'This book is an outstanding examination of the intersection of economics and human rights and their potential to work together to address, and even reverse, extreme economic inequality.Given ever-increasing inequality, exacerbated by the COVID-19 pandemic, the book is a timely and useful contribution and a resource for scholars, students and activists.' Andy Sumner, Professor of International Development, King's College London
'This volume directs a spotlight on one of the most fundamental consequences of decades of neoliberal policies - the soaring inequalities in income, wealth, and economic power within and between countries - and shows how human rights standards provide an ethical frame for confronting this challenge. This book is a must-read for human rights experts, advocates, and economists who are concerned with advancing social and distributive justice.' James Heintz, Andrew Glyn Professor of Economics, University of Massachusetts Amherst
'This book is a welcome addition to the growing literature on the relationship between inequality and human rights ... and an important book for scholars and practitioners working on economic policy and human rights.' Radhika Balakrishnan, Faculty Director of the Center for Women's Global Leadership and Professor of Women's and Gender Studies, Rutgers University
'This important volume brings together a range of interdisciplinary perspectives to analyze economic inequality as one of the critical human rights challenges of our time. It sheds useful light not only on the relationship of human rights standards to economic inequality, but on how they can be used to tackle it. As such it is a valuable contribution to the growing academic literature and advocacy practice on this issue.' Ignacio Saiz, Executive Director, Center for Economic and Social Rights (CESR)
Gillian MacNaughton, JD, DPhil, is Associate Professor of Human Rights at the University of Massachusetts Boston, co-editor of Economic and Social Rights in a Neoliberal World (Cambridge University Press, 2018), and co-founder of the Collaborative Research Network on Economic and Social Rights in the Law and Society Association. Diane F. Frey, PhD, is a lecturer in Labor and Employment Studies at San Francisco State University, co-editor of Economic and Social Rights in a Neoliberal World (Cambridge University Press 2018), and co-founder of the Collaborative Research Network on Economic and Social Rights in the Law and Society Association. Catherine Porter is a Senior Lecturer in the Department of Economics, Lancaster University, UK. She has provided policy advice to the UK and Ethiopian Governments, the United Nations (UNICEF, UNDP) and the World Bank. Her latest project examines the unequal impacts of the Coronavirus pandemic in low income countries.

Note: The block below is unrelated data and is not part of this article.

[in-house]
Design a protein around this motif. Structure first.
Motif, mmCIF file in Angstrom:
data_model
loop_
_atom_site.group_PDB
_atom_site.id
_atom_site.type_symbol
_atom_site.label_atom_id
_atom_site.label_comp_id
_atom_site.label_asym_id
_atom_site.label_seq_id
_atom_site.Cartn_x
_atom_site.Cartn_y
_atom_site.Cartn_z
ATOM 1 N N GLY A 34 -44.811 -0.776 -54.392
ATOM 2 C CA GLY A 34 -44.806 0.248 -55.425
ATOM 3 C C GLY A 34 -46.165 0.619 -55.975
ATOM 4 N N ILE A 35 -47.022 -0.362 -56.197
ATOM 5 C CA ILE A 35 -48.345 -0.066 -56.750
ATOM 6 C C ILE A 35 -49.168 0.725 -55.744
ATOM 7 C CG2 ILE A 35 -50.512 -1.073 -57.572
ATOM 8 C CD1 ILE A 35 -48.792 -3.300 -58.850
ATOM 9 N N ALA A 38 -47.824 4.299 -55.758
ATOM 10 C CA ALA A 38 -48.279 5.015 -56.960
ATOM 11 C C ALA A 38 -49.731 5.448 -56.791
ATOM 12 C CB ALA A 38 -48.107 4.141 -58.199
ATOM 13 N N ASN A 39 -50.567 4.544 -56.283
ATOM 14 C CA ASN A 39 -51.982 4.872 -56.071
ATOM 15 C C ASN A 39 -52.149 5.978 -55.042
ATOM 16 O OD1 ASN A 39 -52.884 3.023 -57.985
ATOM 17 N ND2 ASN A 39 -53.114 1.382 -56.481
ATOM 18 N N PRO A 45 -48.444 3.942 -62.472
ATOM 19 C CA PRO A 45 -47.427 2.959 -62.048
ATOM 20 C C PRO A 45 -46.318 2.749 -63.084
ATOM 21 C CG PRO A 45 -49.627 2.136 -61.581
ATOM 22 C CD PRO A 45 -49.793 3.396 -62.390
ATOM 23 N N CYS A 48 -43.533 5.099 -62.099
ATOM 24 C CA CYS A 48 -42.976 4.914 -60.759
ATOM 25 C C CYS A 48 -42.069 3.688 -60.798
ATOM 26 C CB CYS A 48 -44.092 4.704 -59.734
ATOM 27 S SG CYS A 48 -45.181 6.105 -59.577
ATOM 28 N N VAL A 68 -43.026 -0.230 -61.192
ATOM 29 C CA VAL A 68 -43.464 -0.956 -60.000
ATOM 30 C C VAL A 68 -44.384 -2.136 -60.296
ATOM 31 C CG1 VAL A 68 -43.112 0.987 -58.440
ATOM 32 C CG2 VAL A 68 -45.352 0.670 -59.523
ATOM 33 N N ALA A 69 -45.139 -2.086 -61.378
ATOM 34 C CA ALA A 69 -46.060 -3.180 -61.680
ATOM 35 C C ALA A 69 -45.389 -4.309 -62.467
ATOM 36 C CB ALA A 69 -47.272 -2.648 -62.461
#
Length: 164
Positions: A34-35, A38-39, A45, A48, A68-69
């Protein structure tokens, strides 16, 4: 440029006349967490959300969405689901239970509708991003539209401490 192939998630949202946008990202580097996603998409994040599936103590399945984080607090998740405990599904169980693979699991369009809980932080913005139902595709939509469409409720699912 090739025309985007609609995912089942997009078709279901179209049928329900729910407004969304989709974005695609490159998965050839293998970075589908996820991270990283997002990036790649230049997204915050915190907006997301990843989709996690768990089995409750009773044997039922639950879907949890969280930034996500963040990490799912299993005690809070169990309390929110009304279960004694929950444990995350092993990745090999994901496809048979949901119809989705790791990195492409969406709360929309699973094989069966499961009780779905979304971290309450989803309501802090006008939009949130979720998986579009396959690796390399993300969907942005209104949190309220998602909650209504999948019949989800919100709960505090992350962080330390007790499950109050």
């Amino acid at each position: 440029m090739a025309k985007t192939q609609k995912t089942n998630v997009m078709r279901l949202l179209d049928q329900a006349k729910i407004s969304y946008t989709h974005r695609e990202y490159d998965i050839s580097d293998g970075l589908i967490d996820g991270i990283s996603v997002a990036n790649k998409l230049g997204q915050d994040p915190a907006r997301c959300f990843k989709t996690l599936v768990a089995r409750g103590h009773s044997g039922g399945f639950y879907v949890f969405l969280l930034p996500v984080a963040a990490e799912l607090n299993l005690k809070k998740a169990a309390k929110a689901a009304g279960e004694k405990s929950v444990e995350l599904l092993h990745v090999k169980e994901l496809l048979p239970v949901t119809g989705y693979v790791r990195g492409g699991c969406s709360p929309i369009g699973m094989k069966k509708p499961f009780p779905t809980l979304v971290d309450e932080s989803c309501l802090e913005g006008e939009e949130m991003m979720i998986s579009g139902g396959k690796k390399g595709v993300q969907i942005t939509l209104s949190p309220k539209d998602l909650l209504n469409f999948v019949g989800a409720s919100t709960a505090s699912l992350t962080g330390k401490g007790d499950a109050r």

Introduction Gillian MacNaughton, Diane F. Frey and Catherine Porter; Part I. Conceptualizing and Measuring Human Rights and Economic Inequalities: 1. Emerging human rights norms and standards on vertical inequalities Gillian MacNaughton; 2. Constraints on economic inequality: comparing Canada and the United States Rhoda E. Howard-Hassmann; 3. What the UN human rights treaty bodies tell us about economic inequalities and human rights: an empirical analysis of 20 years of practice Sylvain Aubry, Katherine James, Lucy McKernan, Beth Munro and Caroline Noyrez; 4. How can economists help human rights practitioners measure changes in economic inequalities? Catherine Porter; Part II. Causes and Consequences of Economic Inequalities: 5. A framework for fiscal justice: how human rights can change public finance Anja Rudiger; 6. Global tax justice and human rights Alex Cobham, Fariya Mohiuddin and Liz Nelson; 7. Growing inequality and risks to social rights in our new data economy Carmel Williams; 8. Caste, economic inequality and climate justice in India Dadasaheb Tandale; Part III. Socio-Economic Rights and Economic Inequalities: 9. Distributive justice, and economic and social rights Joo-Young Lee; 10. Fair wages and a decent living: paths to greater vertical equality Diane F. Frey and Gillian MacNaughton; 11. The right to social security and economic inequality: contested meanings and potential roles Beth Goldblatt; 12. Education, income inequality and the right to participate in cultural life James Murphy; 13. Implications of the health equity perspective for the right to health Chuan-Feng Wu; 14. The potential impact of the right to housing to address vertical inequalities Vicente Silva.